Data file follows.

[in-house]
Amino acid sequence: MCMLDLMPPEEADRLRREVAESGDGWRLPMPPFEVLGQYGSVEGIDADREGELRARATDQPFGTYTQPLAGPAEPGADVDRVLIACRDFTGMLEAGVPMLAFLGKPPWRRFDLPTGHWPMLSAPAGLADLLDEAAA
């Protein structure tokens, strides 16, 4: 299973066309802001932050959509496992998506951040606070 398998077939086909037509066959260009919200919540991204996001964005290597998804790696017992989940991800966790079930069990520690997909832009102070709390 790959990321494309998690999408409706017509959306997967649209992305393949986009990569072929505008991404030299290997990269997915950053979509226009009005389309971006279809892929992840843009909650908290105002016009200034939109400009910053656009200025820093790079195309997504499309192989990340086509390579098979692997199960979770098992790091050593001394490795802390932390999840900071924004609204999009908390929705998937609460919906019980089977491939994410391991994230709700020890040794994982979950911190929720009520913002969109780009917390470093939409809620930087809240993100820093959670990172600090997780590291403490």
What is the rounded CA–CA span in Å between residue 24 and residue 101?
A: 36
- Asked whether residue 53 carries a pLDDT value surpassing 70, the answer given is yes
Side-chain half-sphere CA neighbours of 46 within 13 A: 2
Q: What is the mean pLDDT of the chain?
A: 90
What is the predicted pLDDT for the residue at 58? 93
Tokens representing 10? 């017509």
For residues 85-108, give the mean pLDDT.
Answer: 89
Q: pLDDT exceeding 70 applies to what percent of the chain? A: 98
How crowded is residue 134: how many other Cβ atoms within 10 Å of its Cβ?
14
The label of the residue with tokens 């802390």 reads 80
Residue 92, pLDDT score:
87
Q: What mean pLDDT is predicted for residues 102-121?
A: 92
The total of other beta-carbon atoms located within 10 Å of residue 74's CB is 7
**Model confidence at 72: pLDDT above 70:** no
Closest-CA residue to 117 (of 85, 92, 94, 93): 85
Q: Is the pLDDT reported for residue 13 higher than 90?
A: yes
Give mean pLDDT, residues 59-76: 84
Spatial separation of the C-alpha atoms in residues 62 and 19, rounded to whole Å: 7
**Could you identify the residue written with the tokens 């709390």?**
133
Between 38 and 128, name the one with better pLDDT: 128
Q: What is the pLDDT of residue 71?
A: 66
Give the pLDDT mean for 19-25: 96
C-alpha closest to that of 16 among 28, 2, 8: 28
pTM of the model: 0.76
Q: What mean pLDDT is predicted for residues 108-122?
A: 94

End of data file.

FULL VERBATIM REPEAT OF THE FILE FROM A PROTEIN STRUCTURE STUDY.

[in-house]
Amino acid sequence: MCMLDLMPPEEADRLRREVAESGDGWRLPMPPFEVLGQYGSVEGIDADREGELRARATDQPFGTYTQPLAGPAEPGADVDRVLIACRDFTGMLEAGVPMLAFLGKPPWRRFDLPTGHWPMLSAPAGLADLLDEAAA
């Protein structure tokens, strides 16, 4: 299973066309802001932050959509496992998506951040606070 398998077939086909037509066959260009919200919540991204996001964005290597998804790696017992989940991800966790079930069990520690997909832009102070709390 790959990321494309998690999408409706017509959306997967649209992305393949986009990569072929505008991404030299290997990269997915950053979509226009009005389309971006279809892929992840843009909650908290105002016009200034939109400009910053656009200025820093790079195309997504499309192989990340086509390579098979692997199960979770098992790091050593001394490795802390932390999840900071924004609204999009908390929705998937609460919906019980089977491939994410391991994230709700020890040794994982979950911190929720009520913002969109780009917390470093939409809620930087809240993100820093959670990172600090997780590291403490």
What is the rounded CA–CA span in Å between residue 24 and residue 101?
A: 36
- Asked whether residue 53 carries a pLDDT value surpassing 70, the answer given is yes
Side-chain half-sphere CA neighbours of 46 within 13 A: 2
Q: What is the mean pLDDT of the chain?
A: 90
What is the predicted pLDDT for the residue at 58? 93
Tokens representing 10? 């017509």
For residues 85-108, give the mean pLDDT.
Answer: 89
Q: pLDDT exceeding 70 applies to what percent of the chain? A: 98
How crowded is residue 134: how many other Cβ atoms within 10 Å of its Cβ?
14
The label of the residue with tokens 């802390």 reads 80
Residue 92, pLDDT score:
87
Q: What mean pLDDT is predicted for residues 102-121?
A: 92
The total of other beta-carbon atoms located within 10 Å of residue 74's CB is 7
**Model confidence at 72: pLDDT above 70:** no
Closest-CA residue to 117 (of 85, 92, 94, 93): 85
Q: Is the pLDDT reported for residue 13 higher than 90?
A: yes
Give mean pLDDT, residues 59-76: 84
Spatial separation of the C-alpha atoms in residues 62 and 19, rounded to whole Å: 7
**Could you identify the residue written with the tokens 């709390």?**
133
Between 38 and 128, name the one with better pLDDT: 128
Q: What is the pLDDT of residue 71?
A: 66
Give the pLDDT mean for 19-25: 96
C-alpha closest to that of 16 among 28, 2, 8: 28
pTM of the model: 0.76
Q: What mean pLDDT is predicted for residues 108-122?
A: 94